Two hungry children were wandering the streets of South Los Angeles alone last week when they walked into a liquor store, searching for a loaf of bread.
At one point, they nearly headed across busy Manchester Boulevard until a passerby intervened.
The children's ages: 2 and 3. Both wore soiled diapers when authorities picked them up.
This week, officials acknowledged that the children and their mother had been under the direct supervision of Los Angeles County's child protective services agency. The family was enrolled in a program designed to help the mother keep her children while learning to be a better parent. A social worker had repeatedly cleared her as safe during monthly visits, and counselors hired by the county were meant to aid with the monitoring, according to sources familiar with the case.
"Something didn't work here," said Philip Browning, director of the embattled child welfare department.
He referred the case to internal affairs investigators, but said the early findings have raised concerns about the safety of some children in a county program known internally as Family Maintenance.
The Department of Children and Family Services had allowed the mother, 32-year-old Sidnicka Wilson, to enter the program for relatively low-risk families even though she had lost six older children to the foster care system. She had a record of stealing and prostitution, court documents show. When she was arrested, police say she had cocaine in her possession.
Family Maintenance is meant to serve as a six-month intervention strategy for children at relatively low risk of abuse. It allows them to remain with their parents while their families are offered counseling, emergency shelter care, parent training, substance abuse testing and transportation.
"The Family Maintenance cases are the ones that are most concerning to me," Browning said. "We have more families in this program than I would really like."
The program is seen as an easier and cheaper alternative to foster care, which is perennially short of parents and funding.
It now has more than 13,000 children. A decade ago, there were about 8,000.
Wilson and her boys were in the program for months but exactly how long was unclear.
Caseworkers are supposed to offer a family only two three-month extensions beyond the first six months, and only if they can show that the parents are complying with the department's demands and demonstrating that safety risks will be removed. Further extensions are meant to be rare, and they require approval by high-level officials in the department.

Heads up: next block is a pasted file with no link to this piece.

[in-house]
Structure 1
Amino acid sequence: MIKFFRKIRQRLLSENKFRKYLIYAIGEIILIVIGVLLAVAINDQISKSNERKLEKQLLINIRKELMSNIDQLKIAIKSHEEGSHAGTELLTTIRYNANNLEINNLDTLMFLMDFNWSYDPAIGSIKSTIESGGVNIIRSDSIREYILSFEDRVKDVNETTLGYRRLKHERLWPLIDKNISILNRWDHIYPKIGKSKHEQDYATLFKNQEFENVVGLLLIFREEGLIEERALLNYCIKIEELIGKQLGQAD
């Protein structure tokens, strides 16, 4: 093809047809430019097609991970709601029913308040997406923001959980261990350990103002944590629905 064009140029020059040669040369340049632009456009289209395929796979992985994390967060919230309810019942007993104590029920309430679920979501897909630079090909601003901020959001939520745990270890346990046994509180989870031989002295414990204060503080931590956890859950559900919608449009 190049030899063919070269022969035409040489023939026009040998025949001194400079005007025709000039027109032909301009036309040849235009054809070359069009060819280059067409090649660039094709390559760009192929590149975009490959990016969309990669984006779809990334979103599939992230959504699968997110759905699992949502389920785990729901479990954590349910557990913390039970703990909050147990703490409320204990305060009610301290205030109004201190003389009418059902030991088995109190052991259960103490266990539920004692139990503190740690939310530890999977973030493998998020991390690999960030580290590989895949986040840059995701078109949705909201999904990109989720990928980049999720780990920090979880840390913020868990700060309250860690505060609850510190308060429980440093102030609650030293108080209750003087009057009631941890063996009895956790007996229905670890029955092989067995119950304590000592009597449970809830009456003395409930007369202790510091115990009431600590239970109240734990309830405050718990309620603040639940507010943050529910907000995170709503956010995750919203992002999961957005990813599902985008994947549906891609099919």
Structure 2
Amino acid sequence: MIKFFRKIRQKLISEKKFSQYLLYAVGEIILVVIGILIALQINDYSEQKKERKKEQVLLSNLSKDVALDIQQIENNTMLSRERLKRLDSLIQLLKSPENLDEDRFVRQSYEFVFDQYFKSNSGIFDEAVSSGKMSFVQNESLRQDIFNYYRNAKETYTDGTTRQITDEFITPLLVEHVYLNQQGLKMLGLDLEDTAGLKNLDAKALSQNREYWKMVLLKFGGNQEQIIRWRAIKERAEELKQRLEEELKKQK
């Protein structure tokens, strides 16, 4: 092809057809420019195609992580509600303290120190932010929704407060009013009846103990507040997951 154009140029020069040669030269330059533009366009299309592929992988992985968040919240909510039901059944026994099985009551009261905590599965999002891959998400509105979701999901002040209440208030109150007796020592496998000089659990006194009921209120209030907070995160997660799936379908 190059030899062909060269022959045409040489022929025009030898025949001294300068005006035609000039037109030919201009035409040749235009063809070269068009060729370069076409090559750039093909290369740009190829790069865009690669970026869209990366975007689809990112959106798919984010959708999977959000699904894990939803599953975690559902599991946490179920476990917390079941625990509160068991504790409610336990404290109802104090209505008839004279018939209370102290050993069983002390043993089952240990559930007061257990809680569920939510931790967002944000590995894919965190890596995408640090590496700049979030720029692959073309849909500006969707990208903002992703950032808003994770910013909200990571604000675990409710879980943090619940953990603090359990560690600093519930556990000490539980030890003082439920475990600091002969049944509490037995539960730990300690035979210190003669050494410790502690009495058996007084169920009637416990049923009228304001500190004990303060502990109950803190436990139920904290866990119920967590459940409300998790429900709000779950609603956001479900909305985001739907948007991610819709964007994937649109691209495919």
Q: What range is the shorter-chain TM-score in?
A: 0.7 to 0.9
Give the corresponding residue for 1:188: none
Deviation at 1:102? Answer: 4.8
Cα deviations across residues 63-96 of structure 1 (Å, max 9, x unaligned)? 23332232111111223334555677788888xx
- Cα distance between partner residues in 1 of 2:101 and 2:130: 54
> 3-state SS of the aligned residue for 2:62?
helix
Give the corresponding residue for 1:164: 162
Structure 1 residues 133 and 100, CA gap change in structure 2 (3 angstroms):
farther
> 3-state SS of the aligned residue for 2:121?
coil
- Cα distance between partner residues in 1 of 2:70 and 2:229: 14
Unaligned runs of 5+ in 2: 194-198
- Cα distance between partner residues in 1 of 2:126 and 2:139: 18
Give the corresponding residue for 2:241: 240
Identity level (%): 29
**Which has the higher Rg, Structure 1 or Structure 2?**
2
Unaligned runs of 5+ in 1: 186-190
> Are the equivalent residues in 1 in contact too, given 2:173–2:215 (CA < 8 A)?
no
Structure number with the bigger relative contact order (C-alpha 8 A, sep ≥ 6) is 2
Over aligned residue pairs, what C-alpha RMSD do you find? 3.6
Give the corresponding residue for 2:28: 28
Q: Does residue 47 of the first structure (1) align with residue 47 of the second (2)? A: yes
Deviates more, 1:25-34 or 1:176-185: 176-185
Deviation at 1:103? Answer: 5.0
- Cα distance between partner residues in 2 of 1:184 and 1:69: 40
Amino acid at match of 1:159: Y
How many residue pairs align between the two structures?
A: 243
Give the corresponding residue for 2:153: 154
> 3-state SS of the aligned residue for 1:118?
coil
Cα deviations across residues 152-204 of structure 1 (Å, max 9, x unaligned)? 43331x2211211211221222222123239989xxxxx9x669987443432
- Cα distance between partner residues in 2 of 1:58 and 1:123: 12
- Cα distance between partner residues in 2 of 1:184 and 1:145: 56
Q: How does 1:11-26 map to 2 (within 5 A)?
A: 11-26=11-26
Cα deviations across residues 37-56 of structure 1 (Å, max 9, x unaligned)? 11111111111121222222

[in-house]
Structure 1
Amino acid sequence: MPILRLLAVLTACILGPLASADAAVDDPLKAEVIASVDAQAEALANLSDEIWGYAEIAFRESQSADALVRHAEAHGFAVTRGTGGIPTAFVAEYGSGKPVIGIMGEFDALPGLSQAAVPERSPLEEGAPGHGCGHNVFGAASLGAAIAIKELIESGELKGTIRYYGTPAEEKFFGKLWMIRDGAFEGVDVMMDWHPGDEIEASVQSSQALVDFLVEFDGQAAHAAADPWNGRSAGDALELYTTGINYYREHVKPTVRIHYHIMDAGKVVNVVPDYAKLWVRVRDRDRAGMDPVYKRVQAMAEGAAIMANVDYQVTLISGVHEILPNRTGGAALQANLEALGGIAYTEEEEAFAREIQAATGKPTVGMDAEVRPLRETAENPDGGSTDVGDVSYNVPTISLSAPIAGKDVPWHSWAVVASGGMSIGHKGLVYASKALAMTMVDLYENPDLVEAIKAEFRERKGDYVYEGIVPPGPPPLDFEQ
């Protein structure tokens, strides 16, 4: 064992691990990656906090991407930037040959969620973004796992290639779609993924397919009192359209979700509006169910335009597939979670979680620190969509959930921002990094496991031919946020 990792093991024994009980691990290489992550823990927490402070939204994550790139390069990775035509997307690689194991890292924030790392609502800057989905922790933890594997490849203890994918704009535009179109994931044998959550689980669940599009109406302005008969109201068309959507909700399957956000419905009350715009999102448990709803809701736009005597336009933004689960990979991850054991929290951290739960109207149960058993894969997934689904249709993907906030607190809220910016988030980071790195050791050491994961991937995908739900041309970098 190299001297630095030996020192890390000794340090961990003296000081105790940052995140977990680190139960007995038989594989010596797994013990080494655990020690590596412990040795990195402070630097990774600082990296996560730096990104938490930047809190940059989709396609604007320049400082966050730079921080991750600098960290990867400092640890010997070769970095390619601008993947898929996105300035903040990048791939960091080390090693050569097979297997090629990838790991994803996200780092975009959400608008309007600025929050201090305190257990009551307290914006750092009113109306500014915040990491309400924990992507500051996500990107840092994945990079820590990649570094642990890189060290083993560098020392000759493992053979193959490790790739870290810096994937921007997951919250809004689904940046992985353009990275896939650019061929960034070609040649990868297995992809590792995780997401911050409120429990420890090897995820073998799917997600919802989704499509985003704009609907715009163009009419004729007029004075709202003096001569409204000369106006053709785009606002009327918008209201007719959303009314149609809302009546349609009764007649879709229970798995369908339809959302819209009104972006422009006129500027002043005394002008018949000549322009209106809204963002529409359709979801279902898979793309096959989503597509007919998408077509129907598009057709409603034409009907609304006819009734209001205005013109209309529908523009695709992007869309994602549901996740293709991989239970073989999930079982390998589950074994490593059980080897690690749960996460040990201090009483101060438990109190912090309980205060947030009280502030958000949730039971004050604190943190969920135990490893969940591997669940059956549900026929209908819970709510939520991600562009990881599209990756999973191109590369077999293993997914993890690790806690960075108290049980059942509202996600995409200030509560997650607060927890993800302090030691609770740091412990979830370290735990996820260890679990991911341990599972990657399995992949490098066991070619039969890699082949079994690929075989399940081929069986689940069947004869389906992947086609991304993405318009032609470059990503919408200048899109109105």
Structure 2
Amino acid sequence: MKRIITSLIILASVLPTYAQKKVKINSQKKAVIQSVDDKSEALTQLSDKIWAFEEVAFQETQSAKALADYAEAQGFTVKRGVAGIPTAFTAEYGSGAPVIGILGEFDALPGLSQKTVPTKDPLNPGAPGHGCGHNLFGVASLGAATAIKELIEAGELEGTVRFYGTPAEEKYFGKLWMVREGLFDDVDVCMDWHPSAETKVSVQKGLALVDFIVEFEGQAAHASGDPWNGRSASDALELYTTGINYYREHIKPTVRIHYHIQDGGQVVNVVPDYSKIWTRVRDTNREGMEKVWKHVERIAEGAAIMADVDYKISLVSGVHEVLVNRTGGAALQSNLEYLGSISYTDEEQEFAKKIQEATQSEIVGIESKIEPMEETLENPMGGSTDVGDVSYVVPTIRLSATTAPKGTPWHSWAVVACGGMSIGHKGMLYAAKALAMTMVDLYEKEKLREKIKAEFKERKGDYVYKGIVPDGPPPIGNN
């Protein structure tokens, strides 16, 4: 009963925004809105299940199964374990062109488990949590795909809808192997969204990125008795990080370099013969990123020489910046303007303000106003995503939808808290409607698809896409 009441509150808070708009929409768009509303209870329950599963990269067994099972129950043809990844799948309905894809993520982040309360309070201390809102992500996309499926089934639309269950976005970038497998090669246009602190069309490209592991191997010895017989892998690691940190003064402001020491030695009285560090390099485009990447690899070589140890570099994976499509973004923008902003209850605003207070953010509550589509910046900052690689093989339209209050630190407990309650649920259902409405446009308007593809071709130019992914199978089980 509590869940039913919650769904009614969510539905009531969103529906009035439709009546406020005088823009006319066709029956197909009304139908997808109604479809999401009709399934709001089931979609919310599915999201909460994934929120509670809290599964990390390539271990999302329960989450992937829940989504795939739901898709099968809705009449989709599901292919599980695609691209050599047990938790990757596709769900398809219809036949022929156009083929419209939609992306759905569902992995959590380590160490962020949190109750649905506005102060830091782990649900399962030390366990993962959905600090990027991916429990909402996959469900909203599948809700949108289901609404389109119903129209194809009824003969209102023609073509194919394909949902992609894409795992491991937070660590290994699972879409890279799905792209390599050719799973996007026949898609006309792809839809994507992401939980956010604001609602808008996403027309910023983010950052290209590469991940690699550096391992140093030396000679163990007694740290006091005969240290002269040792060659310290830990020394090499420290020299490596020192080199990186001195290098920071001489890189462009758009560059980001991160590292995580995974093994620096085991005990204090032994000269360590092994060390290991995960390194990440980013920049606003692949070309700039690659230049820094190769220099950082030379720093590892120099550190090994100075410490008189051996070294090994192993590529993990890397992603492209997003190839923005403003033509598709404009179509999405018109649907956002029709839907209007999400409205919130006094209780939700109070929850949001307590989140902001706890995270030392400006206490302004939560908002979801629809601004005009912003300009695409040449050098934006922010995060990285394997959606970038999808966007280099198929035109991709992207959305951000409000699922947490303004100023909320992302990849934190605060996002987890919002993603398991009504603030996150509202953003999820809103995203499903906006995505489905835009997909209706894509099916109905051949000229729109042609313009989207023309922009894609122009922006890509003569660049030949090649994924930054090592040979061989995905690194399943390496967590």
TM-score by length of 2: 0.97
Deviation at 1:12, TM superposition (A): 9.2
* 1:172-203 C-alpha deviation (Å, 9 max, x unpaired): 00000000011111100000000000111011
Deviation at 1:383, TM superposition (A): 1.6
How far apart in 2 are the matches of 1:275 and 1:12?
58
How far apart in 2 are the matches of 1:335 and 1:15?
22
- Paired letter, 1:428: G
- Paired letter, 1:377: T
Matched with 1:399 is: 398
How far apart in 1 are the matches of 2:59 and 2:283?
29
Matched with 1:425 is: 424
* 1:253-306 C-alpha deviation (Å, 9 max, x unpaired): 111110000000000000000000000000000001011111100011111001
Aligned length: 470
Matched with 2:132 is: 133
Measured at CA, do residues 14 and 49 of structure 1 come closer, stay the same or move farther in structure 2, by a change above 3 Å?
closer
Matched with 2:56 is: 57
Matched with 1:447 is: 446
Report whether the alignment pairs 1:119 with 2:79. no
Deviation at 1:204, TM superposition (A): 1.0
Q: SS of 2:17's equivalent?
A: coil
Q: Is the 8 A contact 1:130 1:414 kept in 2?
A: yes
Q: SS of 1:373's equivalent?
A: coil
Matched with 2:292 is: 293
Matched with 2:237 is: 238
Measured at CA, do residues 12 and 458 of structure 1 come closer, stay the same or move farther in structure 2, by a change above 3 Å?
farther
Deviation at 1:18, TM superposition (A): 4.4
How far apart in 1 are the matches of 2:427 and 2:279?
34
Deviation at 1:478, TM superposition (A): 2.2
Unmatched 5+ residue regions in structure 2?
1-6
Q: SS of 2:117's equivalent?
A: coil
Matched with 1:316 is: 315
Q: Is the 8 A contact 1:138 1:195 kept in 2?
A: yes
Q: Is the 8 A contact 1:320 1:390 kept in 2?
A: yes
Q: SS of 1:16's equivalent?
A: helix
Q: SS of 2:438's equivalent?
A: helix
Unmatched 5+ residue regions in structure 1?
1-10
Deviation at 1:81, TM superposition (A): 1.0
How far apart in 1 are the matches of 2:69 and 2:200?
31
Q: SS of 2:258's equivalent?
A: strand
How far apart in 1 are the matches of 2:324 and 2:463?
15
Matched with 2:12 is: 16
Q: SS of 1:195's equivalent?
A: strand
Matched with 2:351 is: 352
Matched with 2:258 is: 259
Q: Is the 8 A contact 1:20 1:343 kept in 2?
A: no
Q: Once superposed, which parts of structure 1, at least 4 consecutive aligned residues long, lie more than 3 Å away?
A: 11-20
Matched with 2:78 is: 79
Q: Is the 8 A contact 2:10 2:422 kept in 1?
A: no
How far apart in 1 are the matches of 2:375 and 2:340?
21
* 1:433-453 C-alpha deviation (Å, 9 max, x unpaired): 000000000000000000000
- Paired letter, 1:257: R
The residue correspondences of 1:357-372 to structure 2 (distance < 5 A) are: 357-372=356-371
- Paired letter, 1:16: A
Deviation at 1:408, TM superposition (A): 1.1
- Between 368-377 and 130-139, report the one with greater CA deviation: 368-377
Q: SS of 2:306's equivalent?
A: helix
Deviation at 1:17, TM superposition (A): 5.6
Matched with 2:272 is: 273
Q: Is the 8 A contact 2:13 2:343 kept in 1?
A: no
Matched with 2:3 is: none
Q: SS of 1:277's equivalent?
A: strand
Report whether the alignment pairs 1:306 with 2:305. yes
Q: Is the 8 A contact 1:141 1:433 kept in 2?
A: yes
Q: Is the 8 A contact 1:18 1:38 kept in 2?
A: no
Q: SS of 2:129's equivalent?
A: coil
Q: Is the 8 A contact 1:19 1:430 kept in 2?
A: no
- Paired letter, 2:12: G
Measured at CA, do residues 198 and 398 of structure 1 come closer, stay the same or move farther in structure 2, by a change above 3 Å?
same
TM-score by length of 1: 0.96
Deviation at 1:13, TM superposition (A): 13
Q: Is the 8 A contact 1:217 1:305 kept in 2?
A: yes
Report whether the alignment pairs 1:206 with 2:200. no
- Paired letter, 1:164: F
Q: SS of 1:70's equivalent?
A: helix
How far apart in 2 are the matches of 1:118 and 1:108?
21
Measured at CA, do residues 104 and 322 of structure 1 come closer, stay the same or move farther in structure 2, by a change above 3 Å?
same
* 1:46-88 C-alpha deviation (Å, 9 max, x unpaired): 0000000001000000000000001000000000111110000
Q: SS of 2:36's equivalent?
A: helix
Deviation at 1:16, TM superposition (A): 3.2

Nevertheless,1,600 of the children now in the program have remained there for more than 12 months.
After months of receiving services, police found last week that Wilson's home was filthy with nothing but rotten food in the refrigerator. Officers said the boys looked malnourished and dirty.
Wilson was arrested on two felony counts of child abuse, one count of drug possession and misdemeanor charges that include giving false information to an officer. She is being held in county jail and her two boys were placed in foster care.
After Wilson's arrest, police learned that her 3-year-old son had wandered into the liquor store looking for food at least twice before.
Wilson's six oldest children were fathered by five men and were all removed by county caseworkers previously, according to sources familiar with the case but who spoke on the condition of anonymity. One of those children is in foster care, another is with a legal guardian and four received adoptive families after Wilson's parental rights were terminated, the sources added.
The 3-year-old had been placed in foster care in 2011 after caseworkers substantiated that he was suffering from general neglect and that Wilson and the boy's father were incapacitated or absent, the sources said. He was returned to the family in 2013 under a court order after caseworkers recommended reunification.
The youngest boy was also removed by caseworkers after he was born and was placed in foster care. But he was also returned last year.
Wilson herself was involved with the county's foster care system as a child, the sources said.
She should have been flagged before the abuse of her first child started, said Marilyn Flynn, dean of USC's School of Social Work.
"All our data tells us, this is the exactly the type of person where there is a high probability that she will abuse or neglect her child," Flynn said. "Ideally, we would have identified this mother when she was in the hospital and we would have offered her support and training with her first child."
The problems monitoring the family's progress was compounded, Browning said, by the department's inadequate computer tool for assessing a child's risk of being abused. Known as Structured Decision Making, the software asks a series of questions and produces a recommendation on how to proceed in the case
But the development of a replacement for that tool is months or years away, and the field office responsible for the boys' neighborhood in South Los Angeles continues to labor with some of the county's most difficult cases, highest caseloads and least experienced workers.
"The agency and the county as a whole clearly need better tools to manage what are often very difficult and complex caseloads," Supervisor Mark Ridley-Thomas, who represents the area, said in a prepared statement.
The county's Blue Ribbon Commission on Child Protection, formed last year in the aftermath of a series of child fatalities, will issue recommendations next month.
Times researcher Kent Coloma contributed to this report.Copyright © 2014, Los Angeles Times